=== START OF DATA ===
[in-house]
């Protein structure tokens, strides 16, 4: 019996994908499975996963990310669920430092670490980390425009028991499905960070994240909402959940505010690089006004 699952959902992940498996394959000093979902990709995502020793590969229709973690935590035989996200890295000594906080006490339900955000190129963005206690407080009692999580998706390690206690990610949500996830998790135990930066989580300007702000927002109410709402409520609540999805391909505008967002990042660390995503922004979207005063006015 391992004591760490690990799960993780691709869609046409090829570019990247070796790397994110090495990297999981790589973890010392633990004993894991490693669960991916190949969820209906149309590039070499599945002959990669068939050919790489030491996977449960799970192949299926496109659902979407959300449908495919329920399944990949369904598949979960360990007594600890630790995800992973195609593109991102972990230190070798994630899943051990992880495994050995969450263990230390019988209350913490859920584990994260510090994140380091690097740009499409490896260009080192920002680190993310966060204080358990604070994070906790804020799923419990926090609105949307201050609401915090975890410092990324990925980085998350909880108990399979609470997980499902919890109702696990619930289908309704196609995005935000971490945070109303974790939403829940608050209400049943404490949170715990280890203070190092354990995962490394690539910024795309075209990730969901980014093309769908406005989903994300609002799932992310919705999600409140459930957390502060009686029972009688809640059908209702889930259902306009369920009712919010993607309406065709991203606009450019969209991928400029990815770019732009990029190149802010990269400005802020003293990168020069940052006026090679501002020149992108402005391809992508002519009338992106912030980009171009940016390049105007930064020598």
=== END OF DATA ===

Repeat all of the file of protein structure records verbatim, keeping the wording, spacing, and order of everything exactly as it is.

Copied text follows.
[in-house]
């Protein structure tokens, strides 16, 4: 019996994908499975996963990310669920430092670490980390425009028991499905960070994240909402959940505010690089006004 699952959902992940498996394959000093979902990709995502020793590969229709973690935590035989996200890295000594906080006490339900955000190129963005206690407080009692999580998706390690206690990610949500996830998790135990930066989580300007702000927002109410709402409520609540999805391909505008967002990042660390995503922004979207005063006015 391992004591760490690990799960993780691709869609046409090829570019990247070796790397994110090495990297999981790589973890010392633990004993894991490693669960991916190949969820209906149309590039070499599945002959990669068939050919790489030491996977449960799970192949299926496109659902979407959300449908495919329920399944990949369904598949979960360990007594600890630790995800992973195609593109991102972990230190070798994630899943051990992880495994050995969450263990230390019988209350913490859920584990994260510090994140380091690097740009499409490896260009080192920002680190993310966060204080358990604070994070906790804020799923419990926090609105949307201050609401915090975890410092990324990925980085998350909880108990399979609470997980499902919890109702696990619930289908309704196609995005935000971490945070109303974790939403829940608050209400049943404490949170715990280890203070190092354990995962490394690539910024795309075209990730969901980014093309769908406005989903994300609002799932992310919705999600409140459930957390502060009686029972009688809640059908209702889930259902306009369920009712919010993607309406065709991203606009450019969209991928400029990815770019732009990029190149802010990269400005802020003293990168020069940052006026090679501002020149992108402005391809992508002519009338992106912030980009171009940016390049105007930064020598």